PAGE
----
About InVivoMAb anti-mouse IL-2
The JES6-1A12 monoclonal antibody reacts with mouse IL-2 a 17 kDa cytokine that is mainly produced by T cells in response to antigenic or mitogenic stimulation. IL-2 is required for T cell proliferation and other activities crucial to the regulation of immunity. The cytokine can also stimulate the growth and differentiation of B cells monocytes/macrophages and NK cells. Additionally IL-2 prevents autoimmune diseases by promoting the differentiation of certain immature T cells into regulatory T cells. The JES6-1A12 antibody has been shown to neutralize IL-2 in vivo .
InVivoMAb anti-mouse IL-2 Specifications
|Isotype||Rat IgG2a, κ|
|Recommended Isotype Control(s)|
|Recommended Dilution Buffer|
|Immunogen||Recombinant mouse IL-2|
|Sterility||0.2 μM filtered|
|Production||Purified from tissue culture supernatant in an animal free facility|
|Molecular Weight||150 kDa|
|Storage||The antibody solution should be stored at the stock concentration at 4°C. Do not freeze.|
InVivoMAb anti-mouse IL-2 (Clone: JES6-1A12)
Bouchery, T., et al. (2015). “ILC2s and T cells cooperate to ensure maintenance of M2 macrophages for lung immunity against hookworms.” Nat Commun 6: 6970. PubMed
Defining the immune mechanisms underlying protective immunity to helminth infection remains an important challenge. Here we report that lung CD4(+) T cells and Group 2 innate lymphoid cells (ILC2s) work in concert to block Nippostrongylus brasiliensis (Nb) development in the parenchyma within 48 h in mice. Immune-damaged larvae have a striking morphological defect that is dependent on the expansion of IL-13-producing ILC2 and CD4(+) T cells, and the activation of M2 macrophages. This T-cell requirement can be bypassed by administration of IL-2 or IL-33, resulting in expansion of IL-13-producing ILC2s and larval killing. Depletion of ILC2s inhibits larval killing in IL-2-treated mice. Our results broaden understanding of ILC2’s role in immunity to helminths by demonstrating that they not only act as alarmin sensors, but can also be sustained by CD4(+) T cells, ensuring both the prompt activation and the maintenance of IL-13-dependent M2 macrophage immunity in the lung.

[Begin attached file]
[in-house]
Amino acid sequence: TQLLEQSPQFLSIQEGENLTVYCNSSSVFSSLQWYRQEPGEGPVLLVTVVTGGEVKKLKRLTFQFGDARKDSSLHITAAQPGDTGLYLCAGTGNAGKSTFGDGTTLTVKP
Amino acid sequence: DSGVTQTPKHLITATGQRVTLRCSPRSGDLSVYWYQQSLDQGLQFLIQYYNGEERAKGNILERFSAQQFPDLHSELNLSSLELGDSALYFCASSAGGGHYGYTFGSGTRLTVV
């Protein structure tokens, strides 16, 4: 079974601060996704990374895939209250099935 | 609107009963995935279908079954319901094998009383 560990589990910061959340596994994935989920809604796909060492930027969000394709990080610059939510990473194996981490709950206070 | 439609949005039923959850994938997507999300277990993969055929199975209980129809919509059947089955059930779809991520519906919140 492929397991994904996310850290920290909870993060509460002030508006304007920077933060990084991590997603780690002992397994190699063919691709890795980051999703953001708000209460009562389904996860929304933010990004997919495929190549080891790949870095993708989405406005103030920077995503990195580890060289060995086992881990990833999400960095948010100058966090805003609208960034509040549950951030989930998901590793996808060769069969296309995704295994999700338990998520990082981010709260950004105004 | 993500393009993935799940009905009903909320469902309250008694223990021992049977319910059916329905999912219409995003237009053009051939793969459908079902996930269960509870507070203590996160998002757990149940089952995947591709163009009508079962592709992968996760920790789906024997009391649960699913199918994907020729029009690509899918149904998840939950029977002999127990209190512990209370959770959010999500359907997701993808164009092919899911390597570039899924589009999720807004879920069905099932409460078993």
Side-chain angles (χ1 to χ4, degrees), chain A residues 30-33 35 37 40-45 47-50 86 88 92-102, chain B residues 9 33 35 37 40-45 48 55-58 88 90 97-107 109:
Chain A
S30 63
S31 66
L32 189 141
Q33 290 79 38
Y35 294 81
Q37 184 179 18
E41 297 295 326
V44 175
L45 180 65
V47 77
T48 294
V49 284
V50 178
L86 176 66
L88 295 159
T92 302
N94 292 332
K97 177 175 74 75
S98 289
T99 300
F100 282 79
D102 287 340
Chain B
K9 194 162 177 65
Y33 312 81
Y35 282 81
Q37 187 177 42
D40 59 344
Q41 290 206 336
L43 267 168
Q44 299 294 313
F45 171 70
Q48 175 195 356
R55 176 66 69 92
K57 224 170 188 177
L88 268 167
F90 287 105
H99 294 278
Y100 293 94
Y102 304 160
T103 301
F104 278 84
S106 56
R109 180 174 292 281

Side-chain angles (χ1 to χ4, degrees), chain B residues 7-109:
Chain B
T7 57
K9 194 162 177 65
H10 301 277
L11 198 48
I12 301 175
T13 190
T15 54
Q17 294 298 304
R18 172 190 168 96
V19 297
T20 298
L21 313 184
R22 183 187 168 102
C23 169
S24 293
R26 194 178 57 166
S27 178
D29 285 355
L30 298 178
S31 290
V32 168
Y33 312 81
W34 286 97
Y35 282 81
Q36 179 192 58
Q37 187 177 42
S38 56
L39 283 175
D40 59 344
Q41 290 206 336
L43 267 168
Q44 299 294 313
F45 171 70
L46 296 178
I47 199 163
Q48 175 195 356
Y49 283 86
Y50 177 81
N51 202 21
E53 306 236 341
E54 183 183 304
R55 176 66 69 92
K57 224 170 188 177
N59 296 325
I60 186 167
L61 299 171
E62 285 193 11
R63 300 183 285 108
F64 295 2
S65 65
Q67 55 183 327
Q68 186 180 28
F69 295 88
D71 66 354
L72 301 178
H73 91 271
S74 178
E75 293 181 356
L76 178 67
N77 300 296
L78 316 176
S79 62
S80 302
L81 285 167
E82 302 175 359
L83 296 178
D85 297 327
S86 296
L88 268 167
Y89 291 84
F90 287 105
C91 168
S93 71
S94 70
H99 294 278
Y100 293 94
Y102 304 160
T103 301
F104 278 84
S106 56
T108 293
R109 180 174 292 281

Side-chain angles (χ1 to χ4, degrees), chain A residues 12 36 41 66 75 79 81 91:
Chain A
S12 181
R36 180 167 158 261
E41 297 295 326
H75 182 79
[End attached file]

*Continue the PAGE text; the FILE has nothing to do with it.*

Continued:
Littwitz-Salomon, E., et al. (2015). “Activated regulatory T cells suppress effector NK cell responses by an IL-2-mediated mechanism during an acute retroviral infection.” Retrovirology 12: 66. PubMed
BACKGROUND: It is well established that effector T cell responses are crucial for the control of most virus infections, but they are often tightly controlled by regulatory T cells (Treg) to minimize immunopathology. NK cells also contribute to virus control but it is not known if their antiviral effect is influenced by virus-induced Tregs as well. We therefore analyzed whether antiretroviral NK cell functions are inhibited by Tregs during an acute Friend retrovirus infection of mice. RESULTS: Selective depletion of Tregs by using the transgenic DEREG mouse model resulted in improved NK cell proliferation, maturation and effector cell differentiation. Suppression of NK cell functions depended on IL-2 consumption by Tregs, which could be overcome by specific NK cell stimulation with an IL-2/anti-IL-2 mAb complex. CONCLUSIONS: The current study demonstrates that virus-induced Tregs indeed inhibit antiviral NK cell responses and describes a targeted immunotherapy that can abrogate the suppression of NK cells by Tregs.
Joedicke, J. J., et al. (2014). “Activated CD8+ T cells induce expansion of Vbeta5+ regulatory T cells via TNFR2 signaling.” J Immunol 193(6): 2952-2960. PubMed